FIG. 1 is a top plan view, with parts broken away, showing a loader vehicle embodying the invention;
FIG. 2 is a fragmentary longitudinal sectional view, with parts broken away, showing the bucket and ejector plate; and
FIG. 3 is a longitudinal sectional view of the telescopic cylinder for the ejector plate with the center portion broken away, the left end being shown in vertical section and the right end being shown in horizontal section.
The present vehicle is preferably of the articulated type having a vertical steering pivot 10 connecting two body sections A and C. Body section C contains an internal combustion engine at 11 which operates a hydraulic pump for driving individual hydraulic motors 12, 12 for the wheels 13, 13. The vehicle is steered by a pair of hydraulic cylinder and piston units 14 which can swing the body sections A and C relative to each other, as shown in FIG. 1, for turning.
Steering pivot 10 is incorporated in a swivel connection 15 which allows body section C to rotate on the longitudinal axis of body section A for travel on an uneven ground surface. Swivel connection 15 contains motor and steering controls and hydraulic lines from the engine driven pump, which pass between sections C and A. The steering controls are actuated by steering wheel 16 at an operator's station 17 in section A as are various other controls which must be convenient to the operator.
Body section A is supported on wheels 20, 20 driven by individual hydraulic motors 21, 21, leaving an open space between these wheels by the absence of the usual drive shaft and differential. Body section A carries the bucket B.
Referring now to FIG. 2, body section A has a pair of longitudinal frame members 25 on opposite sides of the vehicle, wheels 20 and hydraulic motors 21 being mounted on these frame members. Longitudinal frame members 25 are interconnected by a transverse frame member 26.
Bucket B has a bottom wall 27, a pair of flat side walls 28 and a rear wall 30. A pair of vertical brackets 31 on rear wall 30 pivot the bucket on longitudinal frame members 25 by means of horizontal pivot pins 32 adjacent the bottom of the bucket. Bottom wall 27 is flat in a transverse direction and slightly curved in a longitudinal direction so that the front end portion of the bottom wall will lie flat on the ground in scooping position.
The bucket may be tilted up or down by a pair of hydraulic cylinders 33 having piston rods 34. Cylinders 33 are pivotally connected to frame members 25 by horizontal pins 35 and piston rods 34 are pivotally connected to upper portions of brackets 31 adjacent the top of the bucket by horizontal pins 36. Bucket B is shown in carrying position in solid lines. The broken line position at B1 is the digging position and the broken line positin at B2 is the dumping position, as for example to dump into a mine car or truck 37.
The load may be discharged in any position of the bucket by reciprocating the ejector push plate 40 in the bucket. Push plate 40 extends the width of the bucket between its side walls 28 and is equipped on its lower edge with a shoe 41 which sides on bottom wall 27. The ejector plate 40 is shown fully retracted in solid lines and fully extended at 40a in broken lines. In fully extended position, the lower edge 43 of the ejector plate is flush with the lip 42 of the bucket.
Ejector plate 40 is reciprocated by a telescopic hydraulic cylinder 45. Cylinder 45 extends through an opening 46 in the back wall 30 of the bucket and the forward end of the cylinder is connected to a bracket 47 on the back of the ejector plate.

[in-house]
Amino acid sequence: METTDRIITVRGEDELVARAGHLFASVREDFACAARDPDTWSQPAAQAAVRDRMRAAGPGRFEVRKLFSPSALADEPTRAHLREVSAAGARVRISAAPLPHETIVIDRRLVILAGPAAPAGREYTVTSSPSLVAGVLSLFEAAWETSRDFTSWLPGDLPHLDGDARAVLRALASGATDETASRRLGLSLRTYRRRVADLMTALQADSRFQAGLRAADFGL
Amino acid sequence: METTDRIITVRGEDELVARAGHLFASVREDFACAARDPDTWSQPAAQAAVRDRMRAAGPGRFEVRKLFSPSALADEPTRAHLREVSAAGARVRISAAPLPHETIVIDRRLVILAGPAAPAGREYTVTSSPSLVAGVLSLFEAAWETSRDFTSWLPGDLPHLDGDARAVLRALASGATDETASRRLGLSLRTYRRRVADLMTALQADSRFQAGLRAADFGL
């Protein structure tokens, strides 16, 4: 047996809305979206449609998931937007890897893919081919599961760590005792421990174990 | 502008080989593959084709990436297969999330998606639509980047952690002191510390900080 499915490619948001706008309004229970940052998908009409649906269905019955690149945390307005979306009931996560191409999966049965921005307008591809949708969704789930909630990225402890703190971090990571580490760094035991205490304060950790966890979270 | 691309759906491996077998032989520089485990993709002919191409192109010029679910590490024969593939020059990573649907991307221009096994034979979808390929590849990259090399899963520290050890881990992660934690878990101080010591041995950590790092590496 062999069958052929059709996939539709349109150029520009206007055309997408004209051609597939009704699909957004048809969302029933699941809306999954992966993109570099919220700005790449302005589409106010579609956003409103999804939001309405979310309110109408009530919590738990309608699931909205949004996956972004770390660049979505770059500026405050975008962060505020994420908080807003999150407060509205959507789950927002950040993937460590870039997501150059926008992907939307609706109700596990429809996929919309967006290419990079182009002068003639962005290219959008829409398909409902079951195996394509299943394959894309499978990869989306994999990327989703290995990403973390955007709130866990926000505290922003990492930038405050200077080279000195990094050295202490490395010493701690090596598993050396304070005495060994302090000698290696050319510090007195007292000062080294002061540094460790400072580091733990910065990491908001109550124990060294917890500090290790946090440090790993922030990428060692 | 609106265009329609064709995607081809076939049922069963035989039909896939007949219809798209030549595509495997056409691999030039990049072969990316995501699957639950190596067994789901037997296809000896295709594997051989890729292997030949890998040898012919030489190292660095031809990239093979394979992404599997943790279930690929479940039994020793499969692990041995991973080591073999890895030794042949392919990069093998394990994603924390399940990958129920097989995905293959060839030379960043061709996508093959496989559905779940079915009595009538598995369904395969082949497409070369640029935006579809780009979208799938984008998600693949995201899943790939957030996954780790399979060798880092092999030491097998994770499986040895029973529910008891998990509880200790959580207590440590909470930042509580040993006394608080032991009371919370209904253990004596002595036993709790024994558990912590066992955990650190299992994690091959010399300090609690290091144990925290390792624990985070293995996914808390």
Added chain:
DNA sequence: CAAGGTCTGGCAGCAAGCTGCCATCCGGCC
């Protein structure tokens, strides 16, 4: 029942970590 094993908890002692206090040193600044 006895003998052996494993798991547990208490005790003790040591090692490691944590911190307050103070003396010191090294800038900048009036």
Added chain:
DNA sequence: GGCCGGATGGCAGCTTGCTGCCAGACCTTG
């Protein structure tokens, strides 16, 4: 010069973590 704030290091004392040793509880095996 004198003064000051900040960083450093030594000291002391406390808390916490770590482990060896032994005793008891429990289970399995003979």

Telescopic cylinder 45 contains a pair of smaller cylinders 50 and 51 which slide within the outer cylinder and piston rod 52 extends from the rearmost cylinder 51. Piston rod 52 is connected to a pin 53 in the rearward end of a rearwardly extending stirrup bracket 55 mounted on the back wall 30 of the bucket. Stirrup bracket 55 comprises a pair of vertical plates on opposite sides of cylinder 45 which are interconnected at their rearward ends by pin 53 to form a U-shaped member in the general configuration of a stirrup which is stressed in tension when piston rod 52 is extended to slide ejector plate 40 forward and discharge a load from the bucket.
The piston rod is extended by introducing hydraulic pressure through hose loop 60 in FIG. 1 to pipe connection 61 in piston rod 52 which communicates through tube 62 with the head end of the cylinder. The piston rod and ejector plate are retracted by introducing hydraulic pressure through hose loop 63 to pipe connection 65 which communicates through bore 66 with the rod end of cylinder 51. Intercommunication between the cylinders 45, 50, and 51 is established through rod and cylinder ports 67. Pipe connections 61 and 65 project laterally through openings in the side plates of stirrup bracket 55.
The geometry of the bucket linkage is such that when the bucket is lowered to its B1 position stirrup bracket 55 swings up to the broken line position at 55a in FIG. 2. When the bucket is raised to its B2 position stirrup bracket 55 swings down to its broken line position at 55b. In the latter position bracket 55 maintains adequate ground clearance but it passes between the wheels 20 in the space that would normally be occupied by the conventional axle and differential in a four wheel drive vehicle.
In the present vehicle the individual hydraulic motors 12, 12, 21, 21 for each wheel provide the benefit of four wheel drive without having an axle and differential that would interfere with the movements of stirrup bracket 55 when the bucket is raised. At the same time, the conventional bucket boom is eliminated whereby the overall construction is considerably simplified while still achieving advantages not possible in the conventional form of construction.